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Student Property Rights

By: Thomas Muller - Updated: 16 Sep 2012 | comments*Discuss
 
Student Property Rights

By understanding their rights when renting properties, students can avoid falling victim to crooked landlords, living in unhealthy and unsafe conditions, and losing any of their precious pennies.

Contract Negotiations

Once you have located the student house you are happy with, the first things you need to sort out with the landlord are the contract and the deposit.

Although it is not actually a legal requirement to have a written licence or tenancy agreement – verbal contracts are equally binding – it is recommended that you insist on signing a contract so that you are sure about the terms of your agreement, and because it is easier to refer to as evidence if something does go wrong.

It is also advisable for students to opt for individual or sole contracts rather than joint ones, as this means each person is only liable for their part of the rent. If a house member happens to leave mid-year, then you will be relieved that you don’t have to pick up their debts.

Finally, before putting pen the paper, it’s very important that you are fully of the details of the contract you are signing, and are happy with all the terms in it.

Tenancy Deposit Scheme

If you are concerned about handing over your deposit after hearing scare stories then put your mind at ease. Rules are now in force to stop landlords withholding part or all a deposit upon leaving without good reason.

All landlords and letting agents now have to sign up to the Tenancy Deposit Protection scheme, a crucial safety net for both tenants and responsible landlords. Deposits will be paid back to residents at the end of the tenancy unless there is a dispute regarding, for example, damage caused or unpaid rent. Any disagreements are handled by a free resolution service.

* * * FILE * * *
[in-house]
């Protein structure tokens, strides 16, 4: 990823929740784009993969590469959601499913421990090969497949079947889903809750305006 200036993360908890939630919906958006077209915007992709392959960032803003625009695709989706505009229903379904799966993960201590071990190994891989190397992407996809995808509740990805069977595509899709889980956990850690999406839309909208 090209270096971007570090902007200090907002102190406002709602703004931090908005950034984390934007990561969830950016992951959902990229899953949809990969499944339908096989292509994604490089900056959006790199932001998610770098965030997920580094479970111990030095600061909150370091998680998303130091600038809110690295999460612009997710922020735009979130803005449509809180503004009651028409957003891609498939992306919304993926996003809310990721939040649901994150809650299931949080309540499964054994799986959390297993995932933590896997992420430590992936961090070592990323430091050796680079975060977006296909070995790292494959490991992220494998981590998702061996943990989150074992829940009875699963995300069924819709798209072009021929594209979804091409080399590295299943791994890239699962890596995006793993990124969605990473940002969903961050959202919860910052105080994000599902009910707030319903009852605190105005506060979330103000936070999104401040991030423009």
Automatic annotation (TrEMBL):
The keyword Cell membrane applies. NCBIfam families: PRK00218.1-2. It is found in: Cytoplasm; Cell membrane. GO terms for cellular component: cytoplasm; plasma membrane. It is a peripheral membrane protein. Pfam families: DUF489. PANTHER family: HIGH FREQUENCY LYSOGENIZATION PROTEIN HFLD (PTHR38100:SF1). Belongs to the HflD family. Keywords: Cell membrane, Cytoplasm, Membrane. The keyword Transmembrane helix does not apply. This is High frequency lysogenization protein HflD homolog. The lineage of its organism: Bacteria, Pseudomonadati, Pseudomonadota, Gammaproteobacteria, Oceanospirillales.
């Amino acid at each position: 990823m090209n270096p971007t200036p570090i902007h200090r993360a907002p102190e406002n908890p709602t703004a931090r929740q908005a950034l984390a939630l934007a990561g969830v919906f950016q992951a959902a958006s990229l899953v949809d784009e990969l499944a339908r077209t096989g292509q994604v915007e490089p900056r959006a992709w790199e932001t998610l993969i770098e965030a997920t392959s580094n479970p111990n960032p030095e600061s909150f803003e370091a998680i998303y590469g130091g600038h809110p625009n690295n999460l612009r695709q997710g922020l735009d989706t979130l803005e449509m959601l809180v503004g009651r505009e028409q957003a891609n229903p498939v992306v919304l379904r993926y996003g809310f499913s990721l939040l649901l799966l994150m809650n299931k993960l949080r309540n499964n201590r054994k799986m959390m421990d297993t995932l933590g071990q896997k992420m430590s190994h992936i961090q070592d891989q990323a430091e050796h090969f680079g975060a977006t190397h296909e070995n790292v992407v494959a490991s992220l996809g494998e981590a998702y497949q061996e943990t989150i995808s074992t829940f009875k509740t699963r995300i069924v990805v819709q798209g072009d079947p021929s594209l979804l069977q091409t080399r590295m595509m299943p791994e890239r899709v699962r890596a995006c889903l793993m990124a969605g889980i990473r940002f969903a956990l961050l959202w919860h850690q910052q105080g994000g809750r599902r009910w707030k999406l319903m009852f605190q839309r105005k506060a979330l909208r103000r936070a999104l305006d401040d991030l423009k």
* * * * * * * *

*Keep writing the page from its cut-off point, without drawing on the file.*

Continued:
Repairs

One of the most common areas for disagreements between student tenants and landlords is repair problems. It is therefore important to understand where you stand if repairs need doing in your property before the tenancy begins.

Under implied legal obligation, landlords are responsible for the basic upkeep of the property. They must keep the structure and exterior in good repair – including drains, gutters and external piping – and are obliged to keep its installations for the supply of water, gas, electricity, sanitation, heating and hot water in good working order. This would include sinks or toilets, for example, but not features that may use the utility supplies, such as a kettle or washing machine.

Landlords are not responsible for all kinds of repair, as tenants themselves have a responsibility for keeping the property in a reasonable state. They must also avoid or repair any wilful or negligent damage.

It is also not the landlord’s responsibility to make improvements to the property, unless these have been agreed in writing before the contract was signed.

Furniture and Furnishing Standards

The landlord is liable for the furniture and furnishings supplied with the property, particularly those items that are upholstered.

They must adhere to regulations where introduced to reduce the number of people killed and injured by toxic fumes emitted when upholstered materials burn. All upholstered furniture or furnishings included with rented properties must meet strict fire resistance requirements. The only exemptions are sleeping bags, bed clothes, loose covers for mattresses, carpets, curtains and any furniture made before 1950.

Electrical Equipment Standards

The electrical equipment that is supplied in your accommodation is also the responsibility of the landlord, who must make sure that it is safe to operate. Instructions concerning their safe and proper operation should also be provided where necessary.

Regulations are in place that requires all electrical appliances to be fitted with an approved plug with sleeved pins. Each plug must also carry the name and reference number for an appropriate approved body, which is typically BSI or ASTA.

Gas Safety Standards

It is important that you ask your landlord for a copy of the current gas safety certificate. Every year around 50 people die, and many more suffer serious illness as a result of carbon monoxide poisoning caused by faulty gas appliances and blocked flues. Landlords are legally responsible for maintaining gas appliances and are required to have a safety inspection every 12 months.

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